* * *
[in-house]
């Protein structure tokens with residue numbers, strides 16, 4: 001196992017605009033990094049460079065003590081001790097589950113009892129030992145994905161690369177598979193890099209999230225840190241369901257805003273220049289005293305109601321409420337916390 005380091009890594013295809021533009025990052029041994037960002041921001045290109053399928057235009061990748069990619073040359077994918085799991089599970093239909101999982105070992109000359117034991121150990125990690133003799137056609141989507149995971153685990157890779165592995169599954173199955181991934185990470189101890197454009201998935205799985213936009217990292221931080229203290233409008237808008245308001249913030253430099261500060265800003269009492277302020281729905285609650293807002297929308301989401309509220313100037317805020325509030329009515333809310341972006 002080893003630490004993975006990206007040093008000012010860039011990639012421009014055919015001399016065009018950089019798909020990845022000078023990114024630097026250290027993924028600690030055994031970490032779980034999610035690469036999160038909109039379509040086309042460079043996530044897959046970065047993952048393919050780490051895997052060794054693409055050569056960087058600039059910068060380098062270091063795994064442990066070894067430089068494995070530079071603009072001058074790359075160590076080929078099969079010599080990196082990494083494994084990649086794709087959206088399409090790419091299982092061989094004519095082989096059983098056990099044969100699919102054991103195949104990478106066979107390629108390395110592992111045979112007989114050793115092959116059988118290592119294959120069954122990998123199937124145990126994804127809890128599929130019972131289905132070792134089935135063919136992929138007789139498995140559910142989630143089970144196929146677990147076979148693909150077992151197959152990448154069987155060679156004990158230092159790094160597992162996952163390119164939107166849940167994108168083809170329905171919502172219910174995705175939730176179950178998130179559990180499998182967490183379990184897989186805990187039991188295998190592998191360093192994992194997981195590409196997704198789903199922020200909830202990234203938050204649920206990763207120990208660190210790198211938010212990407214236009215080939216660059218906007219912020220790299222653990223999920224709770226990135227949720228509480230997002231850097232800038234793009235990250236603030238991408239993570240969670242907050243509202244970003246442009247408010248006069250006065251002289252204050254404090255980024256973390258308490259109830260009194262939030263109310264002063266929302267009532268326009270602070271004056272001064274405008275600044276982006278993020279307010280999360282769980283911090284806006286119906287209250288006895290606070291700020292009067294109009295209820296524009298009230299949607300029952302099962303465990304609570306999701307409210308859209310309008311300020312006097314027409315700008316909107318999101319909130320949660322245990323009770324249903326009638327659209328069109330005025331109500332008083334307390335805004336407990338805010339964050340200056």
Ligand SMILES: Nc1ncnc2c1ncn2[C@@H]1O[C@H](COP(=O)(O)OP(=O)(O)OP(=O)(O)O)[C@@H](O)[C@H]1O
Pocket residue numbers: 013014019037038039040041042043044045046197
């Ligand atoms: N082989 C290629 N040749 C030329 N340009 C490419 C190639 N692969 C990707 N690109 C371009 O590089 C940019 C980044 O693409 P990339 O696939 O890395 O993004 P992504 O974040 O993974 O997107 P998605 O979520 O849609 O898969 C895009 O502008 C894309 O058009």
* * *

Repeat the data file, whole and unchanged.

[in-house]
């Protein structure tokens with residue numbers, strides 16, 4: 001196992017605009033990094049460079065003590081001790097589950113009892129030992145994905161690369177598979193890099209999230225840190241369901257805003273220049289005293305109601321409420337916390 005380091009890594013295809021533009025990052029041994037960002041921001045290109053399928057235009061990748069990619073040359077994918085799991089599970093239909101999982105070992109000359117034991121150990125990690133003799137056609141989507149995971153685990157890779165592995169599954173199955181991934185990470189101890197454009201998935205799985213936009217990292221931080229203290233409008237808008245308001249913030253430099261500060265800003269009492277302020281729905285609650293807002297929308301989401309509220313100037317805020325509030329009515333809310341972006 002080893003630490004993975006990206007040093008000012010860039011990639012421009014055919015001399016065009018950089019798909020990845022000078023990114024630097026250290027993924028600690030055994031970490032779980034999610035690469036999160038909109039379509040086309042460079043996530044897959046970065047993952048393919050780490051895997052060794054693409055050569056960087058600039059910068060380098062270091063795994064442990066070894067430089068494995070530079071603009072001058074790359075160590076080929078099969079010599080990196082990494083494994084990649086794709087959206088399409090790419091299982092061989094004519095082989096059983098056990099044969100699919102054991103195949104990478106066979107390629108390395110592992111045979112007989114050793115092959116059988118290592119294959120069954122990998123199937124145990126994804127809890128599929130019972131289905132070792134089935135063919136992929138007789139498995140559910142989630143089970144196929146677990147076979148693909150077992151197959152990448154069987155060679156004990158230092159790094160597992162996952163390119164939107166849940167994108168083809170329905171919502172219910174995705175939730176179950178998130179559990180499998182967490183379990184897989186805990187039991188295998190592998191360093192994992194997981195590409196997704198789903199922020200909830202990234203938050204649920206990763207120990208660190210790198211938010212990407214236009215080939216660059218906007219912020220790299222653990223999920224709770226990135227949720228509480230997002231850097232800038234793009235990250236603030238991408239993570240969670242907050243509202244970003246442009247408010248006069250006065251002289252204050254404090255980024256973390258308490259109830260009194262939030263109310264002063266929302267009532268326009270602070271004056272001064274405008275600044276982006278993020279307010280999360282769980283911090284806006286119906287209250288006895290606070291700020292009067294109009295209820296524009298009230299949607300029952302099962303465990304609570306999701307409210308859209310309008311300020312006097314027409315700008316909107318999101319909130320949660322245990323009770324249903326009638327659209328069109330005025331109500332008083334307390335805004336407990338805010339964050340200056």
Ligand SMILES: Nc1ncnc2c1ncn2[C@@H]1O[C@H](COP(=O)(O)OP(=O)(O)OP(=O)(O)O)[C@@H](O)[C@H]1O
Pocket residue numbers: 013014019037038039040041042043044045046197
């Ligand atoms: N082989 C290629 N040749 C030329 N340009 C490419 C190639 N692969 C990707 N690109 C371009 O590089 C940019 C980044 O693409 P990339 O696939 O890395 O993004 P992504 O974040 O993974 O997107 P998605 O979520 O849609 O898969 C895009 O502008 C894309 O058009």